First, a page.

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Overcoming this pandemic (COVID-19) by being effectively productive


Part 1: 80/20 rule during a pandemic

80/20 rule or the Pareto principle 

Business analyst Joseph M. Juran had proposed the theory 80/20 rule. This was called after the Italian economist Vilfredo Pareto, who reported that 20 per cent of the Italian people earned 80 per cent of income in Italy. Today, Pareto principle can be found in articles such as time management, marketing, software engineering, operations management, project management, military and even relationships/dating.

Even though it is called 80/20, the idea behind the Pareto principle is that a small number of factors are responsible for the bigger number of results.

Some examples:

  1. 20 % of your clothes will be worn 80% of the time
  2. 20% of a book will contain 80% of the most important information
  3. 20% of customers bring in 80% of revenue

This principle at the fundamental level talks about effective productivity or producing more with less. This, if used well, enables management efficiency, strategy effectiveness and quick turnaround time.

Pandemic situation – COVID-19

The COVID-19 pandemic has caused a major pause to the entire world economy. Countries have locked down, closed borders and companies shut. People have become uncertain of the future ahead as no one has the answer on when this will end and when everyone will go back to their normal lives.

The problem is that will never happen. The faster we understand the situation and accept that change is inevitable, we will be quick to adapt and move along.

Adapting to changes 

Humans have lived on earth for the longest time because of one big reason – adaptability. Many species did not make it past a certain century as they are unable to keep up with the changes.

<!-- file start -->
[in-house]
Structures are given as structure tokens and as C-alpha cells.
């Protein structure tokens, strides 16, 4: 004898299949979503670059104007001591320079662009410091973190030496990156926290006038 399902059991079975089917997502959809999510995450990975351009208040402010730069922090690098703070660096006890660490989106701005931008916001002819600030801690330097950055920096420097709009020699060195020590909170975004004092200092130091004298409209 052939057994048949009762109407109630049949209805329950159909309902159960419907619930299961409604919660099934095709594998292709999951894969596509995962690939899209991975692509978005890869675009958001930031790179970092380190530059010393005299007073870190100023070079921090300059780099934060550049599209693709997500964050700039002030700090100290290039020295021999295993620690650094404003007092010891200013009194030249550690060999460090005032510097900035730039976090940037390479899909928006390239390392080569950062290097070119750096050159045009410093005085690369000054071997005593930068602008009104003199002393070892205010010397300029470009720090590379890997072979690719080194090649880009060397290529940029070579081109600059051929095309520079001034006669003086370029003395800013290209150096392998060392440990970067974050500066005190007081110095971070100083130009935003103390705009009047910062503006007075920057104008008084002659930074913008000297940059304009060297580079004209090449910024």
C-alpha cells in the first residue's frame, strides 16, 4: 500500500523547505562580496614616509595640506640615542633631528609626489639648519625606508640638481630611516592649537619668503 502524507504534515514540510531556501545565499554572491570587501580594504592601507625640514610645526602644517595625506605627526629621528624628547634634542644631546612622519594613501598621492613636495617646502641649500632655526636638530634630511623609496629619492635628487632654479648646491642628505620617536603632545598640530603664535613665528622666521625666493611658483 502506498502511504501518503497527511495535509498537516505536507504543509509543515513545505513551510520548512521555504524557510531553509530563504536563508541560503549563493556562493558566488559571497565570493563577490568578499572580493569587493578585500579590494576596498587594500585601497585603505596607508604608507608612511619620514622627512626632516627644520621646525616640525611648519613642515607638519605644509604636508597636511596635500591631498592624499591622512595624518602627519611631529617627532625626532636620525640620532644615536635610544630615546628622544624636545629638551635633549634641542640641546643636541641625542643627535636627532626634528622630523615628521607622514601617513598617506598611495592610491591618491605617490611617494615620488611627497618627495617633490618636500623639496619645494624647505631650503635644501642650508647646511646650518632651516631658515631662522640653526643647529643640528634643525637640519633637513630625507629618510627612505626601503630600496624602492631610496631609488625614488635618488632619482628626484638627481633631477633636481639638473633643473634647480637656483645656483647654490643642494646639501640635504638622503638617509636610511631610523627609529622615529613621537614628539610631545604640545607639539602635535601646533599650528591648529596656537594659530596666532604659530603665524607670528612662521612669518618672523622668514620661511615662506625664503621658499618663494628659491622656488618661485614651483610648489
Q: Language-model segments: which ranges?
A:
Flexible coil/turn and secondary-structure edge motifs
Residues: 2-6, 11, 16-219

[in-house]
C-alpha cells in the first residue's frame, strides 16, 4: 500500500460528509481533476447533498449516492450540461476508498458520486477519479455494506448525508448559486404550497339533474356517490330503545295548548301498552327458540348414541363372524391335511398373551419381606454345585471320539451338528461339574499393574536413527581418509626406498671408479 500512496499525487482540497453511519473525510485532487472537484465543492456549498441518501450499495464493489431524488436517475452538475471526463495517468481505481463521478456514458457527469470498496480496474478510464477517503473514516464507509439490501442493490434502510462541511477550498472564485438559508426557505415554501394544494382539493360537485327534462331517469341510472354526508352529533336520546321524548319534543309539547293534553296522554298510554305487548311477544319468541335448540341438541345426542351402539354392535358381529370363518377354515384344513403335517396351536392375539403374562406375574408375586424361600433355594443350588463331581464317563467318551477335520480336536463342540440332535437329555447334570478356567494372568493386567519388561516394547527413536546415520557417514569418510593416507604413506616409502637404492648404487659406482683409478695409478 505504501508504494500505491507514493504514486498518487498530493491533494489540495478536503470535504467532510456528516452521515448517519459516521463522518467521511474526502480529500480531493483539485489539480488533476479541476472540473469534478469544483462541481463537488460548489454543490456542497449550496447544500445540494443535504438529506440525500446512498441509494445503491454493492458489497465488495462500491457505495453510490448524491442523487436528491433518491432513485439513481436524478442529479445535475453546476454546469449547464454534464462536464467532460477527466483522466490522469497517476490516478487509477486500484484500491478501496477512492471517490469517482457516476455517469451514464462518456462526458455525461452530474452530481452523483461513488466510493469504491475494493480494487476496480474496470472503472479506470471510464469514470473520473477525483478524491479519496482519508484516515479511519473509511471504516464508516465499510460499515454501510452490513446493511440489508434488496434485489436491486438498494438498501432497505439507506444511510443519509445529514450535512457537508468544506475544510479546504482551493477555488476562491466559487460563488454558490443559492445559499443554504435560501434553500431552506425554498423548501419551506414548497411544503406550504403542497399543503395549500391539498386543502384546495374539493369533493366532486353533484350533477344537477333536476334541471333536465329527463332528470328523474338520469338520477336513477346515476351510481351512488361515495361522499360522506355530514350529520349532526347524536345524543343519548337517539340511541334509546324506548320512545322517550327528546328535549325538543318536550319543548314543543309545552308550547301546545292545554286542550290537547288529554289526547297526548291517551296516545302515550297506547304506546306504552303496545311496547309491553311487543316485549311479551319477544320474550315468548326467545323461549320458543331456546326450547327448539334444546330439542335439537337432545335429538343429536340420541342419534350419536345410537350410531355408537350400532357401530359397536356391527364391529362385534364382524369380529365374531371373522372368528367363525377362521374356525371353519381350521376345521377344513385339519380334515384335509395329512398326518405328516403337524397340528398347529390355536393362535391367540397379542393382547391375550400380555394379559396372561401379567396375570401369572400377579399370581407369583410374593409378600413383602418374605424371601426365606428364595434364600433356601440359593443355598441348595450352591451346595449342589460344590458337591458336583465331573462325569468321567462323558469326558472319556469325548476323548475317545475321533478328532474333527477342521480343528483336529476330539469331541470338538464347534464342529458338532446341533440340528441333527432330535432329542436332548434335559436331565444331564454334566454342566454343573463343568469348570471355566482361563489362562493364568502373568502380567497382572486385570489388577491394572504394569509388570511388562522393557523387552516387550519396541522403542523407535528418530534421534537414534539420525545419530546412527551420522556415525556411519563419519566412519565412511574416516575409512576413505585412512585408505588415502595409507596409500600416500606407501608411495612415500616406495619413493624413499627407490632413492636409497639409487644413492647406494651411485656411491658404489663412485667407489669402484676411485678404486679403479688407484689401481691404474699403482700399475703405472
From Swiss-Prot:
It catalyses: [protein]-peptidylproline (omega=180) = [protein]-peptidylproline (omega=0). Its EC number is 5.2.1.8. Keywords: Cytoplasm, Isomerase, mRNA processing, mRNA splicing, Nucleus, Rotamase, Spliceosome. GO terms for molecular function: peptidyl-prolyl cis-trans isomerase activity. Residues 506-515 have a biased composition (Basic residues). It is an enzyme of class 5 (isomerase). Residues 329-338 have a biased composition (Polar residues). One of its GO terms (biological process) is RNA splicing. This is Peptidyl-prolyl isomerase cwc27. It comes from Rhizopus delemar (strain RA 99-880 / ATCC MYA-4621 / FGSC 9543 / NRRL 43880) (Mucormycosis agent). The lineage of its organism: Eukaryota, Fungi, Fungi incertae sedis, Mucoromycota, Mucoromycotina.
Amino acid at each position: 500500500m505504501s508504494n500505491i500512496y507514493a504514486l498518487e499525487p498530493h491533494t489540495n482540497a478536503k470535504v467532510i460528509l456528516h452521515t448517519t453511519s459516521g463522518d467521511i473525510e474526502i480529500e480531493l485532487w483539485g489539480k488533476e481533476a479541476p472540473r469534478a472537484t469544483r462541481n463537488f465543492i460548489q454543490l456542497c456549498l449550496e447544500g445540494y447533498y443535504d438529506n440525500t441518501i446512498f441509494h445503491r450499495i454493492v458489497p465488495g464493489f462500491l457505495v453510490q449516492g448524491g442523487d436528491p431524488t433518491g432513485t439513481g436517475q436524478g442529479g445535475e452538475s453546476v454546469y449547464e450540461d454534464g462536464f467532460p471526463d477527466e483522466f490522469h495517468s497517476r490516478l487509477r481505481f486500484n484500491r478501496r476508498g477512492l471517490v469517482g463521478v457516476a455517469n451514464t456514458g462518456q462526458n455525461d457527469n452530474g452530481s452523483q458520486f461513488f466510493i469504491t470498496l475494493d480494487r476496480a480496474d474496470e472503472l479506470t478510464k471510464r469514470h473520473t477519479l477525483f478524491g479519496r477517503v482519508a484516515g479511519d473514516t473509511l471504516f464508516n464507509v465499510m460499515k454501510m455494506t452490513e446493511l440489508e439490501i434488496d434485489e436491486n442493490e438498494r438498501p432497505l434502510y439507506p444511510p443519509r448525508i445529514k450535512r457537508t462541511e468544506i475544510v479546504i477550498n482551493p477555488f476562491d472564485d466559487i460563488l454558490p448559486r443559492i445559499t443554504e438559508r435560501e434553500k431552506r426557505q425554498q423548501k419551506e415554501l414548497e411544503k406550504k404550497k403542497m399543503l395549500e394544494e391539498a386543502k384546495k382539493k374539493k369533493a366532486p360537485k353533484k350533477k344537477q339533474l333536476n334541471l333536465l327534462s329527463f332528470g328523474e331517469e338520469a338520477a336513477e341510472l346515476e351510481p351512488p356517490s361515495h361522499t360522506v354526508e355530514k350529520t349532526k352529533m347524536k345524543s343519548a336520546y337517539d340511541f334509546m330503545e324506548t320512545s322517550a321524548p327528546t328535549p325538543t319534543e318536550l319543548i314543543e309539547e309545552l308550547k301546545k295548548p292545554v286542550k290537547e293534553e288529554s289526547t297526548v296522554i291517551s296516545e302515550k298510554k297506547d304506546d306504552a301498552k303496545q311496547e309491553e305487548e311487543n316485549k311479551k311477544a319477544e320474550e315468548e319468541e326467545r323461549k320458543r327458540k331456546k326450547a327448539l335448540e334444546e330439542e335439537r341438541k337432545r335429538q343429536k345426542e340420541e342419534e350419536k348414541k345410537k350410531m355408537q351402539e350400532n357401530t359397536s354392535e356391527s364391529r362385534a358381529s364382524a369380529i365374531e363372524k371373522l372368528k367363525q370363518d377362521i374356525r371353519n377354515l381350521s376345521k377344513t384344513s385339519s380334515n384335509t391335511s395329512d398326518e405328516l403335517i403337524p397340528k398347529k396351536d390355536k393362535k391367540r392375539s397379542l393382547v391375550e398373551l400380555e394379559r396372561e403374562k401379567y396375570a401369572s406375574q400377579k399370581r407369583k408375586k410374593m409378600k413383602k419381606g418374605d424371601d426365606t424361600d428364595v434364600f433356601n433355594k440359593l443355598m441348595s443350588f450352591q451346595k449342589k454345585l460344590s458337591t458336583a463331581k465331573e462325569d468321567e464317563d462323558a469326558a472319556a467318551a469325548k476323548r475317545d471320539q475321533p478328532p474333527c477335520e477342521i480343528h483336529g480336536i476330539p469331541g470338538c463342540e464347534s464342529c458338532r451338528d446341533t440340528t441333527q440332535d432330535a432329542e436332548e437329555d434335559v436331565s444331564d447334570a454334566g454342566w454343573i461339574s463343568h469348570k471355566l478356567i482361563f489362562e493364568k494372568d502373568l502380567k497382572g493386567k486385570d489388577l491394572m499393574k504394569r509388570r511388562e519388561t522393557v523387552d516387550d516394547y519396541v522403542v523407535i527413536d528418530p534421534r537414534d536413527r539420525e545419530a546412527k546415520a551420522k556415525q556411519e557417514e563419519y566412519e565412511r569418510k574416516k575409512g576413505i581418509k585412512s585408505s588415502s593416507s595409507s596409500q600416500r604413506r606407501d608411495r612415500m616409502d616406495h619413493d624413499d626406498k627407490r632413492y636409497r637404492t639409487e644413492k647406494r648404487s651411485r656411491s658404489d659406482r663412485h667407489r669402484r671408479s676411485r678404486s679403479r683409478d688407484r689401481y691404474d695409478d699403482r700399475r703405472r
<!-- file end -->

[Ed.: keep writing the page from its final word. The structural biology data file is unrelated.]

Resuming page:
There are many big brands we have come across that have shut down due to the lack of adaptability towards the ever-changing world. Only the adaptive companies are the ones that survived. As people are adapting to the changes, their wants and needs are constantly evolving as well.

Both adapting to change and staying relevant are critical in evolving organisations. Change and relevancy have become the big words spoken by many as it differentiates successful businesses from those that did not practice it.

The challenge 

It is not difficult for an organisation’s management to call out for a change. However, it is difficult for individuals to be adaptable and accepting towards it.

During this period, many people might be at risk of losing their jobs. This situation can be helped if organisations are able to adapt and implement changes. However, this means that employees may have a job redesign to do other things. While most follow suit with the changes, many are still unable to accept this change wholeheartedly

Bringing this back to the 80/20 Principle 

As you would have noticed 20% of those infected are in critical condition where else the other 80% is in stable condition. 20% of those in critical conditions have succumbed to their deaths which have led to 80% of the effects on government movement all around the country. 20% of the industries in Singapore have created 80% of the Singapore economic downturn during this time.

It is vital for the organisation to adopt the 80/20 rule and to apply it to strategies moving forward.

There are five important pillars that every organisation will be looking into during this period to keep businesses afloat.

  1. Strategic planning
  2. Communications
  3. Job redesign
  4. Product redesign
  5. Training and Development

Strategic Planning 

Although we are in a demanding situation that requires us to focus most of our energies into the operational functions of the organisation, we need to make tactical and strategic decisions to move forward and come out of this stronger. No business will come out stronger by just sitting and waiting for the pandemic to be over.

The question should be what will be one big idea that can create a quantum leap for the organisation? We might need to change our mental models to the very fundamentals of our business processes and the way we run the business

Knowing the business environment will help the business to have clearer plans towards their strategy in moving forward. Additionally, a little assumption is needed to ensure that the business does not wait for anyone. Now that the government have introduced a circuit breaker for a month, leaders should think about what is next. What will happen in the following month? Will things get back to normal or will there be cooling measures in place? Or will there be any possibility of a lockdown the following month? How will all these various decisions affect the business and what strategies do you have in place to overcome most of the scenarios that you have thought about?